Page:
Wealth

'Free-rider problem'—Facebook co-founder Chris Hughes says he and other 0.1%-ers need to pay up

Key Points
  • The top 1-percent—and even more specifically the top 0.1-percent, "aren't paying their fair share," says Hughes, an advocate for wealth equality.
  • "My taxes should be higher," says the Facebook co-founder — who left the social network in 2007, after three years, with about $500 million.
  • Art Laffer, father of "trickle down" economics under Ronald Reagan, argues that government should raise folks up, "not pull other people down."
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Watch economist Arthur Laffer and Facebook co-founder Chris Hughes debate the 'wealth tax'

Chris Hughes, co-founder of Facebook and an advocate for wealth equality, told CNBC on Monday that he and other ultrawealthy Americans should be paying higher taxes to help make life better for everyone in society.

"We have a free-rider problem. The top 1-percent — and even more specifically the top 0.1-percent, those with household wealth above $50 million — aren't paying their fair share," said Hughes.

Hughes' argument echoes that of Sen. Elizabeth Warren, who officially launched her 2020 Democratic presidential campaign on Saturday. The Massachusetts Democrat wants to impose an annual wealth tax of 2 percent on households with assets over $50 million and 3 percent on households with assets over $1 billion. Democratic Rep. Alexandria Ocasio-Cortez, a freshman socialist firebrand from New York, wants to slap a 70 percent marginal tax rate on income above $10 million.

"As a member of that 1-percent, 0.1-percent, I can tell you, I can afford a little bit higher taxes and it would make my life better," Hughes said in a "Squawk Box" interview. "The point is clear — my taxes should be higher."

Hughes, a Harvard dormmate of co-founder and Facebook chief Mark Zuckerberg, was the early spokesperson for the social network. Hughes said he made about $500 million for three years of work. He left Facebook in 2007 to work on Barack Obama's presidential campaign.

In 2016, Hughes co-founded the Economic Security Project, an effort to explore how to provide financial security for all Americans through cash transfers. Appearing on CNBC in 2018, he said workers who make less than $50,000 per year should get a government stipend of $500 per month — paid for by raising taxes on the top 1-percent.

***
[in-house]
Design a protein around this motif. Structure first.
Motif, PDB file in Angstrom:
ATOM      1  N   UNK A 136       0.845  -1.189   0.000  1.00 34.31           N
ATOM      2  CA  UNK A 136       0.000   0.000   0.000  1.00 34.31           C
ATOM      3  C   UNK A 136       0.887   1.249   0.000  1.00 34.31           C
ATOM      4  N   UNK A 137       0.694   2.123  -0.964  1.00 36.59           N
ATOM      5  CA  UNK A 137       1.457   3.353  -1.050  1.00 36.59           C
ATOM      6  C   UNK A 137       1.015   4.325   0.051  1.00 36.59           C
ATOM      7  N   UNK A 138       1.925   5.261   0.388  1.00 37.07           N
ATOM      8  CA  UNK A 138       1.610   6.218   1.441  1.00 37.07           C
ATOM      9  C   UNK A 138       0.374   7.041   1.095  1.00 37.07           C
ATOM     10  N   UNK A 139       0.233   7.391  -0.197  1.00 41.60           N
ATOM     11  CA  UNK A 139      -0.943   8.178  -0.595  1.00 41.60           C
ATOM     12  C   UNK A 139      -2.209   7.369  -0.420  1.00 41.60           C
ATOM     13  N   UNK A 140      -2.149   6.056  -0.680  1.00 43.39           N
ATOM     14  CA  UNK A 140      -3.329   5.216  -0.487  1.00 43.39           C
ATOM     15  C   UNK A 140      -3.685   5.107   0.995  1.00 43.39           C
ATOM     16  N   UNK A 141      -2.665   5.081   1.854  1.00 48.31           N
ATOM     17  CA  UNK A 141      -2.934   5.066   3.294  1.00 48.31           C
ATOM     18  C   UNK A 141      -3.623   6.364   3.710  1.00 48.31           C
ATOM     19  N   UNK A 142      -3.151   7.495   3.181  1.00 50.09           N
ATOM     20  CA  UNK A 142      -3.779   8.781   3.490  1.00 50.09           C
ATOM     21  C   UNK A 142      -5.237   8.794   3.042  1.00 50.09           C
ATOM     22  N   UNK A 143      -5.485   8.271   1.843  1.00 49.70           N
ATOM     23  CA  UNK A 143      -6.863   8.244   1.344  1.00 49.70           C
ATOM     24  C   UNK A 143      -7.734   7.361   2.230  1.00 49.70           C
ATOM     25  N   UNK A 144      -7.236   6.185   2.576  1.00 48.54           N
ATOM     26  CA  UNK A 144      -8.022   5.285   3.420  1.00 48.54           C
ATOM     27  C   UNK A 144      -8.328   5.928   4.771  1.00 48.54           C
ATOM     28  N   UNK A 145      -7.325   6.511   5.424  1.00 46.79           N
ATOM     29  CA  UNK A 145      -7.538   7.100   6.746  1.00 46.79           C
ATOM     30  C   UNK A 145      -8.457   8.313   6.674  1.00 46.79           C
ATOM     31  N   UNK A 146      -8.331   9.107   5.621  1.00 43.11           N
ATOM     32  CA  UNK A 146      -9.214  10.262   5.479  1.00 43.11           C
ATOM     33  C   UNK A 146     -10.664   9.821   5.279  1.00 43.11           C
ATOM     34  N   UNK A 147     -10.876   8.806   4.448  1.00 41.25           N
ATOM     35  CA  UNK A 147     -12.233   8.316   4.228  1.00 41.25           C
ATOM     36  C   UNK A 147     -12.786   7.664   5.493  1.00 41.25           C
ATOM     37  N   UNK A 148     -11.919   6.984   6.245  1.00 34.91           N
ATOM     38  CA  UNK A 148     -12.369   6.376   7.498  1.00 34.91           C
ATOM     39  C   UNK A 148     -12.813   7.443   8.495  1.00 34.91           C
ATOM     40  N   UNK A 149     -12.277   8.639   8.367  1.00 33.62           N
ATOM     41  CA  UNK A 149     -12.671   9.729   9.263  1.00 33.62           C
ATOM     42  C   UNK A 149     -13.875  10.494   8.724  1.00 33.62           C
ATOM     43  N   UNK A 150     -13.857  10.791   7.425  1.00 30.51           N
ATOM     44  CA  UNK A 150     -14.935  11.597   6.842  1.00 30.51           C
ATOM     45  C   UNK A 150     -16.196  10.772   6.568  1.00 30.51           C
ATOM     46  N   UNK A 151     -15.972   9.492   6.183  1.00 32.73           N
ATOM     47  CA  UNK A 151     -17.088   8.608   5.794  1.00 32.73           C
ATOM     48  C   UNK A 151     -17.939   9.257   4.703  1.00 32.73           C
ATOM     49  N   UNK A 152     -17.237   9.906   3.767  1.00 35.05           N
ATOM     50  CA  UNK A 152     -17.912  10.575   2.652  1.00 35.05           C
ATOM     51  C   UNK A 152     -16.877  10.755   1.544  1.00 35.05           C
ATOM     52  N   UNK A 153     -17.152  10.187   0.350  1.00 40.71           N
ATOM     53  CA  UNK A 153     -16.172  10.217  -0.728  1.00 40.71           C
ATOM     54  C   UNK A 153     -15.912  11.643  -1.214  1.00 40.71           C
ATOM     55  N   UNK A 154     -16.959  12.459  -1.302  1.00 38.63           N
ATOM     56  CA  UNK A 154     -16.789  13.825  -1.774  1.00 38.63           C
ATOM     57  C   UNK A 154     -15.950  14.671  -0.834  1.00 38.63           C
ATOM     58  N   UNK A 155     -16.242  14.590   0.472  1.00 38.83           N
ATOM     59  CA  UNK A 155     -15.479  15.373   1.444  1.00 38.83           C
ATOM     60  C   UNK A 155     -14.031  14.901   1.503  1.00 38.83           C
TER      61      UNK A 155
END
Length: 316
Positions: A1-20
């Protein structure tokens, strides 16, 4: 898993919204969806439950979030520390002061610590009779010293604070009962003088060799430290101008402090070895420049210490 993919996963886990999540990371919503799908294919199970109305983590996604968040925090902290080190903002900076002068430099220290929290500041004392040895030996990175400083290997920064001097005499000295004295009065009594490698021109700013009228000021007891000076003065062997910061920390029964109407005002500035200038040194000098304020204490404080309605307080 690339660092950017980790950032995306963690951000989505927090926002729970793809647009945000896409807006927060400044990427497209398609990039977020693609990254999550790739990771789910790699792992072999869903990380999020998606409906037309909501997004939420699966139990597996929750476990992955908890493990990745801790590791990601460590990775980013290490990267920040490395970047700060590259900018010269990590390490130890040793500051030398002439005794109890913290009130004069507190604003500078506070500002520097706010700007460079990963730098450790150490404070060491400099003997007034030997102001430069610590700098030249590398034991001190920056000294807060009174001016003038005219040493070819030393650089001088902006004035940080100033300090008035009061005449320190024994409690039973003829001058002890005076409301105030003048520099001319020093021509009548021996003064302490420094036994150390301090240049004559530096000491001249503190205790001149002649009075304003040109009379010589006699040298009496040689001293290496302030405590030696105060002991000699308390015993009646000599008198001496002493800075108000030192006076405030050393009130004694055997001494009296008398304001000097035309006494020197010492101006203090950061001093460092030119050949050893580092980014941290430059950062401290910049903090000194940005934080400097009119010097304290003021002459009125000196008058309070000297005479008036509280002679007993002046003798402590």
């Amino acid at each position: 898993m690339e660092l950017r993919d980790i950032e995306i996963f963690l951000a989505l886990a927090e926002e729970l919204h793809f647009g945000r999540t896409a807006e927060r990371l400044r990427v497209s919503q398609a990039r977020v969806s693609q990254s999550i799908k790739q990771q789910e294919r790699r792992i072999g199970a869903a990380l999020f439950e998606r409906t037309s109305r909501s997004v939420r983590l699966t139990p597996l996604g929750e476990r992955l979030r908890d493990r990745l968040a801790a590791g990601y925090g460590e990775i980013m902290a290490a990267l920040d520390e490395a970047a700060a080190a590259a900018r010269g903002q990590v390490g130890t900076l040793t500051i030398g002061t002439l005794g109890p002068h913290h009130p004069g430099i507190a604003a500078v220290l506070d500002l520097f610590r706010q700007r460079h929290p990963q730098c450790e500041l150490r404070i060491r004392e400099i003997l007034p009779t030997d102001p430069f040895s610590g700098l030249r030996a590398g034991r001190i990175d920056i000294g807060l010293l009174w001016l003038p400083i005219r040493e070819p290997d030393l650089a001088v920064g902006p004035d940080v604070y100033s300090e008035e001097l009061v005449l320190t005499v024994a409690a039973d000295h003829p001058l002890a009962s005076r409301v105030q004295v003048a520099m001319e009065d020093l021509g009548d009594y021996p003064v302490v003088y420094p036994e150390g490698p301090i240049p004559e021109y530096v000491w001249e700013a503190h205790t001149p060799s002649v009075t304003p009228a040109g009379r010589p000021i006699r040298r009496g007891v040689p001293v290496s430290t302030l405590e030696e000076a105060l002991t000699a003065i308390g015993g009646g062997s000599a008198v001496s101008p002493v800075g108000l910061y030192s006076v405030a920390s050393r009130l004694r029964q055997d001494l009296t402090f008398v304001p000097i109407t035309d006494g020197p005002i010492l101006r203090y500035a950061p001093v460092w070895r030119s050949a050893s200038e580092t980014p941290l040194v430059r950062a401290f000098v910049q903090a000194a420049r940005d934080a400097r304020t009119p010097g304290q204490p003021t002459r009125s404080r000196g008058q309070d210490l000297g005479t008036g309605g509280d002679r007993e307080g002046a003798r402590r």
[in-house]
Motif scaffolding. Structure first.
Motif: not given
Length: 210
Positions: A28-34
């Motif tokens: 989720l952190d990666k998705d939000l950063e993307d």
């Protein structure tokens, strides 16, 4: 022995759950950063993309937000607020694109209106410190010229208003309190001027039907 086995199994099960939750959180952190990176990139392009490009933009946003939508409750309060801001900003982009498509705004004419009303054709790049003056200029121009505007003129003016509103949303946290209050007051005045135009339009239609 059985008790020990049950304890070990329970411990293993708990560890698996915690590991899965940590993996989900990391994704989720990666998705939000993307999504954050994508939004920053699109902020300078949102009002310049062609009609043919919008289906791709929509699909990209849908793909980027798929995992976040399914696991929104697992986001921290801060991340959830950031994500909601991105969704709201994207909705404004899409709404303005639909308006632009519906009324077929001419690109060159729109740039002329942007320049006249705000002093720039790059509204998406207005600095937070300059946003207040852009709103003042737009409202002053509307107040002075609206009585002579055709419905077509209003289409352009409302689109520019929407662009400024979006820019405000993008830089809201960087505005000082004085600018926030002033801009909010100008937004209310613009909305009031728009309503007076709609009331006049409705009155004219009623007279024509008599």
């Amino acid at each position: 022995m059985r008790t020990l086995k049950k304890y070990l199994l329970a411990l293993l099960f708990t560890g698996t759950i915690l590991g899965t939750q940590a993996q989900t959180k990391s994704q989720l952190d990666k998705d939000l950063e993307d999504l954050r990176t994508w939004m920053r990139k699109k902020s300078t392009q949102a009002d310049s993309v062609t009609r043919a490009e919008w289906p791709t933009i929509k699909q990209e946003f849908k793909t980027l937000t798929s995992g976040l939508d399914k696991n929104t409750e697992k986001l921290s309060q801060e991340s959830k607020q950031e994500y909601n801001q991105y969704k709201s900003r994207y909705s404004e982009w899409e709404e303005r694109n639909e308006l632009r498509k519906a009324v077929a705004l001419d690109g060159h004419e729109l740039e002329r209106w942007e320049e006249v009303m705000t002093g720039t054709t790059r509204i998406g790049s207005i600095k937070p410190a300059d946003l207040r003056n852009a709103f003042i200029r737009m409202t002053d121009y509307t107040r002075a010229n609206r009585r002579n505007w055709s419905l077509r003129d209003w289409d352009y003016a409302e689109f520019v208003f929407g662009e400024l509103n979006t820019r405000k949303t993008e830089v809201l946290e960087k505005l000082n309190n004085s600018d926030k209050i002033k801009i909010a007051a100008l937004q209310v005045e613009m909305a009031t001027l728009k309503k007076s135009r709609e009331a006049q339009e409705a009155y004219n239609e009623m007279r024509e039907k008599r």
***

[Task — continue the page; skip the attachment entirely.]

As a member of that 1-percent, 0.1-percent, I can tell you, I can afford a little bit higher taxes and it would make my life better.
Chris Hughes
Facebook co-founder

However, economist Art Laffer, father of the "trickle down" policies of the Ronald Reagan presidency, disagreed with Hughes' premise that taxing the wealthy further would lead to more prosperity for lower-income Americans. "When you do wealth taxes and death taxes, it does change the incentive."

The government should pursue policies that raise folks up, "not pull other people down," said Laffer, co-author of "Trumponomics," which similarly to "Reaganomics" espouses that tax cuts on individuals and corporations spur investment and a stronger economy and job market, which benefits lower-income workers more than the rich.

We should have a low rate broad-based flat tax and then Warren Buffett would pay what he deserves.
Art Laffer
Economist

Appearing in the same CNBC interview as Hughes, Laffer also took a shot at the Facebook co-founder, saying if he wants to pay more taxes, just pay them. "I have no problem with you sending a check to the government, if that's what you want to do with your money," Laffer told Hughes, who responded by smiling. "We should have a low rate broad-based flat tax and then Warren Buffett would pay what he deserves," Laffer added.

In saying he should pay higher taxes, Hughes sounded like Buffett. The billionaire investor has long called for wealthier Americans to pay higher tax rates, pointing out over the years during Democratic and Republican administrations that he pays a lower rate than his office employees because most of his income comes from capital gains.

WATCH: Tax the rich: What Democrats' plans could mean for growth, spending and inequality

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What Democrats' plans could mean for growth, spending and inequality